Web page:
Move over Mel Tillis, and drop the deep fried Oreos. There wouldn't be a Nebraska State Fair if not for kids and animals.
Ciana Long's been showing animals since she was seven. Now she's 18 and a leader in her school.
The State Fair may be your view of FFA as kids show off the animals they've worked all summer on.
And it's true, that's a big part of what ag education is all about.
"Take your animal you worked for all summer and get to see how well you took care of it," Long said.
But working on a safety day for kids is also FFA. As the Ravenna chapter co–president, Ciana works on projects like this.
She explained, "This year we're doing farm safety, to teach about agriculture."
So they learn by teaching others and gain leadership experience by working in the community.
"They're really lifelong skills they can use, whether that's communication over the phone or face to face in person," advisor Heath Ahrens said.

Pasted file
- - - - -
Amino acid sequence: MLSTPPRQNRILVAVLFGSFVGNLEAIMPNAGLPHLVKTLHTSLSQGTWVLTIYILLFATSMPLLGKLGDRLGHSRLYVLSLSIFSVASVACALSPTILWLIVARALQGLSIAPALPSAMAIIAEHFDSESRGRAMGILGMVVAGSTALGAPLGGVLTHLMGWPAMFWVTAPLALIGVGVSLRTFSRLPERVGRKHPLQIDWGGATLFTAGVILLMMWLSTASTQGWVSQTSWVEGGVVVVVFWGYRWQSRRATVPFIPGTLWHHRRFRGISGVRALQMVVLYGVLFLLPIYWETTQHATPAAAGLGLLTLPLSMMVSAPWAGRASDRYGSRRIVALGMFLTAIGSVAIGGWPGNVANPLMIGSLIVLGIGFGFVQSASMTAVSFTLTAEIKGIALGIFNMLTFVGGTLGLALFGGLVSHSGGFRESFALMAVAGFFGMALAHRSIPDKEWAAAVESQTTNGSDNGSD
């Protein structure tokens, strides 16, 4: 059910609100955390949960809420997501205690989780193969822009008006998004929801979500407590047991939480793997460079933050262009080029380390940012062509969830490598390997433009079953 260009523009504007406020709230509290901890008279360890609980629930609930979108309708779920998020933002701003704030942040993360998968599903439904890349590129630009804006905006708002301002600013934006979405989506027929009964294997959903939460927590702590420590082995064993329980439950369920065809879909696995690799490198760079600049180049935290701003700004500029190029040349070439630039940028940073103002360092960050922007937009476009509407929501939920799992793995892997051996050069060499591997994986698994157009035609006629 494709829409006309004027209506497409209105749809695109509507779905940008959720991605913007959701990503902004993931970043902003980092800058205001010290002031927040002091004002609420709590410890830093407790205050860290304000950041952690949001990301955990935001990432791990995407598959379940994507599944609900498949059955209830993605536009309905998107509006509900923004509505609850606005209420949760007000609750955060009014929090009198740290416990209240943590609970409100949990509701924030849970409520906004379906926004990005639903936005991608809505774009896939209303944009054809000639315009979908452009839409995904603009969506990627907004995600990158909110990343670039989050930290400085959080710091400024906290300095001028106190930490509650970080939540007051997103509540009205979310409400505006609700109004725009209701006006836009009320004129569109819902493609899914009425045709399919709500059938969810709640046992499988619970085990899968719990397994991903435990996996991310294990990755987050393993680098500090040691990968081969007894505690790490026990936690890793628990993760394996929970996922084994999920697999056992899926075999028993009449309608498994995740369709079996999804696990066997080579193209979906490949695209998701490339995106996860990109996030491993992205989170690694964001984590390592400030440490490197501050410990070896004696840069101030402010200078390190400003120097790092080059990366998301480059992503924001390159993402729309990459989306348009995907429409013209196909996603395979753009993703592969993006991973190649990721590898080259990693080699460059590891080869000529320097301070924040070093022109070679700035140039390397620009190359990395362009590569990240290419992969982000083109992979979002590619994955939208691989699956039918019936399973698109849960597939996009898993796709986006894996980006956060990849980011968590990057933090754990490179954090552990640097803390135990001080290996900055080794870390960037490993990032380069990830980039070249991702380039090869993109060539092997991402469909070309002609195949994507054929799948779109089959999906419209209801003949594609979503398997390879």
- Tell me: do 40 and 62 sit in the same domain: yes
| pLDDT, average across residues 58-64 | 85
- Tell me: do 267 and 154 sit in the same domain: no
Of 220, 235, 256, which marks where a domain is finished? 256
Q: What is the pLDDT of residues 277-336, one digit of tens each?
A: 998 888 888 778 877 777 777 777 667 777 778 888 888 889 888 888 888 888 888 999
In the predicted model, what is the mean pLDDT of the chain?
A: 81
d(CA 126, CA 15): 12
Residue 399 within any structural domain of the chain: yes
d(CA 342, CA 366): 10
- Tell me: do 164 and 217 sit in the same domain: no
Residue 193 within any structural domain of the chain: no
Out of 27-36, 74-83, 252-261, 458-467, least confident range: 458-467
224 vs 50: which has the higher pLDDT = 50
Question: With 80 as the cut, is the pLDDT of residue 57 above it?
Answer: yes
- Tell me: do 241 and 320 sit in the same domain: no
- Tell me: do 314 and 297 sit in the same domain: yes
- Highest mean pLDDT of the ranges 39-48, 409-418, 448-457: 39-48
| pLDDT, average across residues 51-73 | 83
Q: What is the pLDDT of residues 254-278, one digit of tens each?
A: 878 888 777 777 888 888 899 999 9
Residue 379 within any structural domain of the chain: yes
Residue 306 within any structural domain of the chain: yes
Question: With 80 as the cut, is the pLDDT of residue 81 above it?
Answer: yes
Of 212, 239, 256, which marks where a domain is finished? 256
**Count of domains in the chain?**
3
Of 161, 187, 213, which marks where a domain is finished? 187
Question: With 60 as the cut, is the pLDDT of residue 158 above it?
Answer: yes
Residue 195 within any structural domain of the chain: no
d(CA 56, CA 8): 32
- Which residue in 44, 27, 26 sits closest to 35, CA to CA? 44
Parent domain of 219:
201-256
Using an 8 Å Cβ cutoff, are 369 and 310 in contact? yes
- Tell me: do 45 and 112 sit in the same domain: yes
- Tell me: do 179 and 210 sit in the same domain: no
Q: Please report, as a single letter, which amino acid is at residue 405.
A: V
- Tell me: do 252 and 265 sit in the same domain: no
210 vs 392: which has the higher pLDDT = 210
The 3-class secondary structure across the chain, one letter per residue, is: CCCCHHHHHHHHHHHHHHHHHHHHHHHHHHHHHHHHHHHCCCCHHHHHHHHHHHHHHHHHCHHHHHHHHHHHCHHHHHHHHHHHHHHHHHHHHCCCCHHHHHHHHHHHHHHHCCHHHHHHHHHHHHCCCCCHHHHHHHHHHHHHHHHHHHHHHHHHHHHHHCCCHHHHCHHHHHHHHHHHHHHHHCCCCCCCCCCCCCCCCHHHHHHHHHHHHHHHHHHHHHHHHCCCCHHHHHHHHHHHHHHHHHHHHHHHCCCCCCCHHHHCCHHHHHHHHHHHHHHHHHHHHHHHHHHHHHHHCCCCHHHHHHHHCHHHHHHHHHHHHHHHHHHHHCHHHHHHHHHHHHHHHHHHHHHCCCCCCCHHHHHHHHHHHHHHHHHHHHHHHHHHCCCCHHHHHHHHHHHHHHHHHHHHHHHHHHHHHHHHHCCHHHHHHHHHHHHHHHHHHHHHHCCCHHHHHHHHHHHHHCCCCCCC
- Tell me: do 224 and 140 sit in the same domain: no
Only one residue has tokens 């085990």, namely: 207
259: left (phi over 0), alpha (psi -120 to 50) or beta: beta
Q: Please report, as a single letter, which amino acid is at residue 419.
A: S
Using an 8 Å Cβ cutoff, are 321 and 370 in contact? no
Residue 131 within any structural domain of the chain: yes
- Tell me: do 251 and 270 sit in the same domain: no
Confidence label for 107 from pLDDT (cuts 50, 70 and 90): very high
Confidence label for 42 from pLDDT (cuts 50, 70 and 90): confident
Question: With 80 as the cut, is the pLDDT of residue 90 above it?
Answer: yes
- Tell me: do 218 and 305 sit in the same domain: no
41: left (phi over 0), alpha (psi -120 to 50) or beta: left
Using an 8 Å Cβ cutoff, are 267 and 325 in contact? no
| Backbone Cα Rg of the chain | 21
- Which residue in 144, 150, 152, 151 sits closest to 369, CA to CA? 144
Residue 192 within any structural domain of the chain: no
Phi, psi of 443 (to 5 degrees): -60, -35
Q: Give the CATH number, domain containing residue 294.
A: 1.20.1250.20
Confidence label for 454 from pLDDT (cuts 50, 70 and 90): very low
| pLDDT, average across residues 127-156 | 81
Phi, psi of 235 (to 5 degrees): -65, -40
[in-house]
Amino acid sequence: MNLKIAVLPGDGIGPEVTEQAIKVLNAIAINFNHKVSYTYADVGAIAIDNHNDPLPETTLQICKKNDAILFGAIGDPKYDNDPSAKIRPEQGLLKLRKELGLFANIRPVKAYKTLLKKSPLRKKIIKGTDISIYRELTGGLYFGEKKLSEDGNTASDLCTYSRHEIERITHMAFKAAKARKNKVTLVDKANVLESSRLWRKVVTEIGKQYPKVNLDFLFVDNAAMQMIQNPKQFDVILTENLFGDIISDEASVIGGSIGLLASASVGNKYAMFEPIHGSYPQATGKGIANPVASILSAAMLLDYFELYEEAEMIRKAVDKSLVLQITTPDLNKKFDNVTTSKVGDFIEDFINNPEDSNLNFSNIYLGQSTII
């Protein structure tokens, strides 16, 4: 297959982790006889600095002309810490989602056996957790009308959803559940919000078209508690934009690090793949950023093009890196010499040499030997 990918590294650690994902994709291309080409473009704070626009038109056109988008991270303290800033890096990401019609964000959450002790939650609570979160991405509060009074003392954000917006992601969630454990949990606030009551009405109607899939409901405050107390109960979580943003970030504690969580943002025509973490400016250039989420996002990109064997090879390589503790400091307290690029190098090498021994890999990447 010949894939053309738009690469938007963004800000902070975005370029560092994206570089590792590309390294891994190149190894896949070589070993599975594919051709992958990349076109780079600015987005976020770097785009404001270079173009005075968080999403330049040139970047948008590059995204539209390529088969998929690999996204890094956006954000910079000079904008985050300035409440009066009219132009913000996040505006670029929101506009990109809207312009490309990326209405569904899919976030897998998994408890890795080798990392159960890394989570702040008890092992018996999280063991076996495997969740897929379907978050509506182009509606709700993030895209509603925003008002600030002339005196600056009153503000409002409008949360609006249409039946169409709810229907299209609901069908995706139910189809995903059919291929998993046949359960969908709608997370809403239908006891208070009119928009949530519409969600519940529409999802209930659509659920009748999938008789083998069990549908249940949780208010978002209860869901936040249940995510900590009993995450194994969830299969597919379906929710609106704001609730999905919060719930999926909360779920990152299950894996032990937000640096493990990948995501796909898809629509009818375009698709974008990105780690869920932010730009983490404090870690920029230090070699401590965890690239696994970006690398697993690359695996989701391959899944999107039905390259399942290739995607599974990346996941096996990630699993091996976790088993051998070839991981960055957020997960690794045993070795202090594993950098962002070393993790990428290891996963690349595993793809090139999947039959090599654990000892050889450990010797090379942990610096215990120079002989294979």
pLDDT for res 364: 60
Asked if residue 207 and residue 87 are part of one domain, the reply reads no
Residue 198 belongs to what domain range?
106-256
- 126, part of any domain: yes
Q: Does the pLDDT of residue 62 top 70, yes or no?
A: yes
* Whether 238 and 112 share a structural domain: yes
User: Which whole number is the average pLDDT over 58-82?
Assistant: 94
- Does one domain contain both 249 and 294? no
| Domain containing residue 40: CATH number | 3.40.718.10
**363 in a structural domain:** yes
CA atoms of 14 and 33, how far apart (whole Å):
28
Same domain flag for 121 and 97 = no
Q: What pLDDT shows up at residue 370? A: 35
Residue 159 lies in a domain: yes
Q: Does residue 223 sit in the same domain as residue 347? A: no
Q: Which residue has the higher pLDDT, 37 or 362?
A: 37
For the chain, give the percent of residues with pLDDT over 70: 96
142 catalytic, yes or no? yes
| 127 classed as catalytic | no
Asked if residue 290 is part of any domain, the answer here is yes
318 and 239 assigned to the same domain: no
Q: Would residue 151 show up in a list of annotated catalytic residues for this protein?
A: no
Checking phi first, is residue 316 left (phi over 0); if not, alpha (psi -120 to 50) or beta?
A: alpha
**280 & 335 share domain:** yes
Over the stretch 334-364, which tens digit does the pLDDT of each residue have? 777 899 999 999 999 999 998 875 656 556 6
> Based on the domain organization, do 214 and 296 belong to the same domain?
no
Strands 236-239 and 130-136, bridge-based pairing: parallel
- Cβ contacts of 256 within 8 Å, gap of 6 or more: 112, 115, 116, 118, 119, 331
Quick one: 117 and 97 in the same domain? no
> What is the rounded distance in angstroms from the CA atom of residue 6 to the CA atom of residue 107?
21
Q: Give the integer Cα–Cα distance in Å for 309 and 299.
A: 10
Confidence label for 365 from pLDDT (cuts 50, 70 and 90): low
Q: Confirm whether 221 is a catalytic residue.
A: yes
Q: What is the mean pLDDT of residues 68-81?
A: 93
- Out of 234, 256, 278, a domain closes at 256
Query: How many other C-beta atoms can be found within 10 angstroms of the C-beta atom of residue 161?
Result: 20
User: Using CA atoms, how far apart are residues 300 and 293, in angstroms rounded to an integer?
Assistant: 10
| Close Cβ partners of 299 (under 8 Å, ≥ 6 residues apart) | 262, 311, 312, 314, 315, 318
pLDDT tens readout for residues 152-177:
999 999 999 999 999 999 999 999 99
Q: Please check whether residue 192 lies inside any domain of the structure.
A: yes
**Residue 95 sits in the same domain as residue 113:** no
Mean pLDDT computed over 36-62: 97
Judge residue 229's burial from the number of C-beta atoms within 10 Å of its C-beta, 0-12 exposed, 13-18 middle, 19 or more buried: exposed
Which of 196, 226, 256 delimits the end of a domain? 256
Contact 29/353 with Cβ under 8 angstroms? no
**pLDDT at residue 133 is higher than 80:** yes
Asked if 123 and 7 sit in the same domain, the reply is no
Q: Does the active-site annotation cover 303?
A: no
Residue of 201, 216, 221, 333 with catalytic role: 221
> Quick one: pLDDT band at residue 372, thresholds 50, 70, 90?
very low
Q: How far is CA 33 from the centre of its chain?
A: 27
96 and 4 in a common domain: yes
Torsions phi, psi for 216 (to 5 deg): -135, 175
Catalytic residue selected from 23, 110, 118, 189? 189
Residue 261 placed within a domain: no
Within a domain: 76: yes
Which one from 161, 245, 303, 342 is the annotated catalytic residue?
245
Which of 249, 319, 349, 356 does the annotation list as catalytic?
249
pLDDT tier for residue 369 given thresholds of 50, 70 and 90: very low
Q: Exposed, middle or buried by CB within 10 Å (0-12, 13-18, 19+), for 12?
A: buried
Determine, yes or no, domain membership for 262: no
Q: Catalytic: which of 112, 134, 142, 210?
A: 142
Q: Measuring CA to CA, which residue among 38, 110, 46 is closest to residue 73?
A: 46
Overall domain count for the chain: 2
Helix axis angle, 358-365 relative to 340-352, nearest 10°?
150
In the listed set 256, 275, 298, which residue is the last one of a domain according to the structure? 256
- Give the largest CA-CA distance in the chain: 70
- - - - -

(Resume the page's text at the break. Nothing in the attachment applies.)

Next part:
Ciana's dad has transitioned from farming to construction, but agriculture's still in her blood.
She said, "I'm not a city kid, so I like FFA, not afraid to deal with animals."
And there's no bigger stage than the Nebraska State Fair.
"I love State Fair, that's where you bring your best animals. You go to county fair, fun and everything, but you see people from all over the state at the State Fair and it's a lot higher competition level," Ciana said.
It gives them an opportunity on a small scale to take animals into a real life production aspect, take it to market weight or breeding age and get an opportunity to show the animal off.
And when Ciana shows market swine at the fair, it's a chance to connect with kids who don't connect animals with bacon and pork chops.
"They go to the fair and say, 'there's cute animals' they don't understand that's what feeds us. That's one major aspect of FFA and during the fair we see that and we're the ones that take care of what they eat," she said.
Ciana has been a part of both 4-H and FFA and will show animals Labor Day weekend at the fair.